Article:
For our March / April '99 column I returned to our March /
April '88 newsletter, wherein we explored the origins of April
Fool's Day. I promptly expanded the article, sent it off, and
Well, perhaps the subject matter jinxed us. At any rate,
our Server began experiencing severe difficulties at this time,
so that not only did that column not see print, but there would
be no new online newsletter until June of '99, when we were finally
up and running with a new, more reliable server. This was the
first of the two aforementioned online "glitches".
The second "glitch" occurred in the Spring of 2002,
when circumstances forced me to retire from the folklore racket
for a time. When I returned in April of this year (2003), it
seemed appropriate to start things off with that "lost"
online column, and so the expanded "April Fools Day"
column will be found in the archives under April 2003.
In June the newsletter and column returned. I realized that,
though the New Millennium would not technically start for another
year and a half, we were nevertheless six months away from bidding
farewell to the 1900's. It seemed like a good time for a look
back, so I created a little "farewell column", calling
it "Should Auld Acquaintance".
I liked it so much I subsequently revived it for the official
dawning of the 21st Century, expanding it in the process.
Now it was July, and the time seemed right to reuse another
classic from the 80's - the story of Independence Day.
| . . or the Fourth
of July, as it's alternately known. Funny thing about that is
that at least three other dates would be much more appropriate
to hang the phrase "Independence Day" upon.
The only significant thing that happened on July 4th, as a matter
of fact, is that the Continental Congress decided that Thomas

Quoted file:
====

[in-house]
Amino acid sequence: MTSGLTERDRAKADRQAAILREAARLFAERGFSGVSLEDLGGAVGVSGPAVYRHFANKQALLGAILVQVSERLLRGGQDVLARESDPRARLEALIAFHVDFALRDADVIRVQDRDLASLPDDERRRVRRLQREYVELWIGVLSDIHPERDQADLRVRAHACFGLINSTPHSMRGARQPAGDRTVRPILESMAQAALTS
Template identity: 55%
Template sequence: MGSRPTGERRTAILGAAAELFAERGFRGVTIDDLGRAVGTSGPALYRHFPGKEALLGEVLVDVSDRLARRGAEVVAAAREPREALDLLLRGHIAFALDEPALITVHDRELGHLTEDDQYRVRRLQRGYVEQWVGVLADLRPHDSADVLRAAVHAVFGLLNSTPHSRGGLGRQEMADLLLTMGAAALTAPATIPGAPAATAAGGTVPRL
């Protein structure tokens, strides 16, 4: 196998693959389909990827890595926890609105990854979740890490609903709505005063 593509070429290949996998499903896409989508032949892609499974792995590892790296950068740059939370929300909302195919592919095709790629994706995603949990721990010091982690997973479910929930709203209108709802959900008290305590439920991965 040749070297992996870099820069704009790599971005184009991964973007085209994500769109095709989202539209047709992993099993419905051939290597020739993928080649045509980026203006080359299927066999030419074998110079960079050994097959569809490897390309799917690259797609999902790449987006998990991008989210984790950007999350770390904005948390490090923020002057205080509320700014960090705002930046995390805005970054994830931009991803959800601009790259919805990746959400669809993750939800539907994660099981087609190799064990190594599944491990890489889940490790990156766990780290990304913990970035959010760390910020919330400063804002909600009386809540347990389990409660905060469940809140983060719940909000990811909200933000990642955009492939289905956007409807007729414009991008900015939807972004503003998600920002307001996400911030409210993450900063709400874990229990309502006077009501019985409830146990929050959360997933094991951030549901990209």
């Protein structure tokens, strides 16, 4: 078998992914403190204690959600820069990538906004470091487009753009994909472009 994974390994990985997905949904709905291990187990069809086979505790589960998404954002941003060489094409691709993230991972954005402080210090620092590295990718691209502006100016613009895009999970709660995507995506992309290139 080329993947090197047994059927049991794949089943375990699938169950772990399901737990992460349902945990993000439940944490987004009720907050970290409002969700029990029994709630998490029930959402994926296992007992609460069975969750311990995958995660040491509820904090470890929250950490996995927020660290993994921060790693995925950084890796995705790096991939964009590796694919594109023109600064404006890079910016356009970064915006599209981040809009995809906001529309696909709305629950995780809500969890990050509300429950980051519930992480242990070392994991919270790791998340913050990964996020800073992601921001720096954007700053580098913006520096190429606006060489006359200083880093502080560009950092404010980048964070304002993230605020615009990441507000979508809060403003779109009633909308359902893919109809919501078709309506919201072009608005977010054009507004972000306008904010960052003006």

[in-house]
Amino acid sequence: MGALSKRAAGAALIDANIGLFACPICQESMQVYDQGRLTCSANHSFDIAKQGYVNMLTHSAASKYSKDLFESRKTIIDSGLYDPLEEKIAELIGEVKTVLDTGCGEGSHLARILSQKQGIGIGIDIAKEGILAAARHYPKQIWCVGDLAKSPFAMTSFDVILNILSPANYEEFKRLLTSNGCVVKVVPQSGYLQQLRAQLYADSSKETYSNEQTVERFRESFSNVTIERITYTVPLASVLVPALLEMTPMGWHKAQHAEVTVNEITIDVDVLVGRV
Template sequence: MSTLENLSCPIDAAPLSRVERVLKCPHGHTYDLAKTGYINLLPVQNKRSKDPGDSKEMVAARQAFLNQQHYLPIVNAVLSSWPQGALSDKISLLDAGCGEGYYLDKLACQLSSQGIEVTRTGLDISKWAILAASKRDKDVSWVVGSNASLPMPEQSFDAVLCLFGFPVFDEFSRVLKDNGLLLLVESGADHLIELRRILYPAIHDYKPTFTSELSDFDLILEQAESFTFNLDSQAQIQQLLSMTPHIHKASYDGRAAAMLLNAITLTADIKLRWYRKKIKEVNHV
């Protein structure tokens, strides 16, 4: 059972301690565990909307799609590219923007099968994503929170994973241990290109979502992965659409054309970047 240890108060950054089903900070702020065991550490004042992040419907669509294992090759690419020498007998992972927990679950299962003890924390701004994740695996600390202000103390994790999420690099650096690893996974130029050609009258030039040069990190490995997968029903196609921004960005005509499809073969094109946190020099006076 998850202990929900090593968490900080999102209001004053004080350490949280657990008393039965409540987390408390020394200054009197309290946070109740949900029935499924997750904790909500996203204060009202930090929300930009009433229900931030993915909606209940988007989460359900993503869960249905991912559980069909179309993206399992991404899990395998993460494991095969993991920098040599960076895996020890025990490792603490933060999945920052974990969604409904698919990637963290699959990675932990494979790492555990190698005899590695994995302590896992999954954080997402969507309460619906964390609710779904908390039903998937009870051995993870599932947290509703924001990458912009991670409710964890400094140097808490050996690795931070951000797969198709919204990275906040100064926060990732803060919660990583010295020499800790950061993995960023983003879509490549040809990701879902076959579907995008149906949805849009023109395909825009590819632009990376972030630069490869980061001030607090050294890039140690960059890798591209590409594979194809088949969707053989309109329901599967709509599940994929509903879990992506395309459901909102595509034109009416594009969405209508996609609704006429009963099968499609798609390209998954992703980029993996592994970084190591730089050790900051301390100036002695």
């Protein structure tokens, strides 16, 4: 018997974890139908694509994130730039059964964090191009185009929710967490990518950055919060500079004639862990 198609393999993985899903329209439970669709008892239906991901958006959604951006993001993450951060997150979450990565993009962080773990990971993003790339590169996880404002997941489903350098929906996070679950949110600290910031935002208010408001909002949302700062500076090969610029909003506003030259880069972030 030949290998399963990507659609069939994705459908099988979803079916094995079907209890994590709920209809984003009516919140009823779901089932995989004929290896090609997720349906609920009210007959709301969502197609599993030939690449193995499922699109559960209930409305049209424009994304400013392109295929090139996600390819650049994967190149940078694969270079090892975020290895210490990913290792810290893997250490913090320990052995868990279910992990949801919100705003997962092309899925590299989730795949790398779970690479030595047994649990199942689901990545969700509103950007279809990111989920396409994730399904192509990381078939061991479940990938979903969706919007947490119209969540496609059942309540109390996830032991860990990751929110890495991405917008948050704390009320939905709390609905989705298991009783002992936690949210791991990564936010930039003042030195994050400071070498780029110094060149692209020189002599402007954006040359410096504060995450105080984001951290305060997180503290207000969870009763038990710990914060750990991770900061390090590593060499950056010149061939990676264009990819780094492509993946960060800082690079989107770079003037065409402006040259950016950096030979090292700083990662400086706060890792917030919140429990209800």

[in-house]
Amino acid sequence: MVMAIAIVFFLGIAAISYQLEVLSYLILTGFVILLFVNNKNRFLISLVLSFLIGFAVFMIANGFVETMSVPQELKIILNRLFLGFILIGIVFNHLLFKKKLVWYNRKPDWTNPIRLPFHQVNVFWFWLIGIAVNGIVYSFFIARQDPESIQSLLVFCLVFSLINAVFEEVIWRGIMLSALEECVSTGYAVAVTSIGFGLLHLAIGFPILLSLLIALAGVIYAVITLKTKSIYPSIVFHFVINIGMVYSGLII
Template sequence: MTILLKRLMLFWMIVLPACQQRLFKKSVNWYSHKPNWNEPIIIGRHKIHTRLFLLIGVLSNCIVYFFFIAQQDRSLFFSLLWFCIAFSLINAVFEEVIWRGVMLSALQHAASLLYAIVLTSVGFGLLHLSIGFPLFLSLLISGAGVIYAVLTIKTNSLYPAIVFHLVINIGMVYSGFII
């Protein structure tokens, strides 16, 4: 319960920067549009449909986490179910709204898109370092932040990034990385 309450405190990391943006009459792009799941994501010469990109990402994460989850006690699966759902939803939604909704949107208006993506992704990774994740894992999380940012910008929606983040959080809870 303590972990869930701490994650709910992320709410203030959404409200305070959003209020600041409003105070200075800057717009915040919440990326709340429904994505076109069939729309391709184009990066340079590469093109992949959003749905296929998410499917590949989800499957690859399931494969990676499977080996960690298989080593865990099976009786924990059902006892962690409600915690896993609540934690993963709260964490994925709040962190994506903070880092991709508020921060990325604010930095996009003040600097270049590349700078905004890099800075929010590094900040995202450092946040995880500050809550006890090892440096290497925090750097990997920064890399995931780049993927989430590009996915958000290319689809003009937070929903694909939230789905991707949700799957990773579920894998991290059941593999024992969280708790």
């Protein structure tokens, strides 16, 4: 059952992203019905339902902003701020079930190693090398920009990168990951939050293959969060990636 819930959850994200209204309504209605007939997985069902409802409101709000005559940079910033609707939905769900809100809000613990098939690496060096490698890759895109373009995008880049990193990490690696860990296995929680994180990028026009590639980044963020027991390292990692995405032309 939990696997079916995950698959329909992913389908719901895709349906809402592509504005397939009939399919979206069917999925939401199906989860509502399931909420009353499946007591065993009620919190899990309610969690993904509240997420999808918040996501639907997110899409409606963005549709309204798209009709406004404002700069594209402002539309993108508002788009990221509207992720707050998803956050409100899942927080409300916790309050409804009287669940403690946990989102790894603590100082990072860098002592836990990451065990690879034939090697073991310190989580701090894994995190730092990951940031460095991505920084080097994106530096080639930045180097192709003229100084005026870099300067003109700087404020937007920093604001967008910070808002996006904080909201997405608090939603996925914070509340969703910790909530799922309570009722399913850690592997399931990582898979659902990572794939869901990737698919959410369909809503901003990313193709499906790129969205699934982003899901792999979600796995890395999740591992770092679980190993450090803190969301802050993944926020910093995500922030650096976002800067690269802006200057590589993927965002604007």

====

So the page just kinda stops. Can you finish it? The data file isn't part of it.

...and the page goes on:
Jefferson's wording of the Declaration was Good Enough for the
King, and grammatically OK as well.
My own somewhat belated nominees for a more Historically Accurate
Independence Day are June 7, June 28, July 2, and July 8.
Here's why . . .
As you no doubt are aware, the fact that an entire year passed
between the first shots of the Revolution and July 4, 1776 would
seem to indicate that the colonies initially had no desire whatsoever
of becoming an Independent Entity. The soldiers were simply
fighting for a fairer shake from Mother England.
The real Revolutionaries were doing their fighting on
paper. A relatively large scale propaganda campaign was waged
during that first year, spearheaded by Thomas Paine's pamphlet
"Common Sense", and it was only after quite a lot of
electioneering and debate that the idea of actually separating
began to be seriously entertained.
Yes, the American Revolution was sold to the colonists
- which explains a lot of things when you think about it . .
Anyway, June 7, 1776 is the day that Richard Henry Lee (relative
of Robert E.) offered the first resolution that the colonies
declare themselves "free and independent States".
This resolution led eventually to the writing of the Declaration
of Independence -
Which was presented in the form we know and revere to the Continental
Congress on June 28, 1776!
Put that in your Fourth of July and light it.
As if that weren't debunking material aplenty, Independence
was officially declared, not on the 4th, but on the Second of
July. In fairness, Congress did approve Jefferson's wording
of the thing on the Fourth, as previously mentioned, but the
first public reading of the Declaration of Independence did not
take place until July 8th, when a congressman named John Nixon
read the now immortal words to a "great concourse of people".
At that time the King's Arms (as in Coat of Arms, the King being
geographically elsewhere) were taken down and placed on a pile
of casks, and burned amid great rejoicing, huzzas, drinking,
bonfires, ringing of bells, firing of guns and cannons, etc.
And to quote Mrs. John Adams, writing twelve days later: "Thus
ends royal authority in this State - and all the people shall
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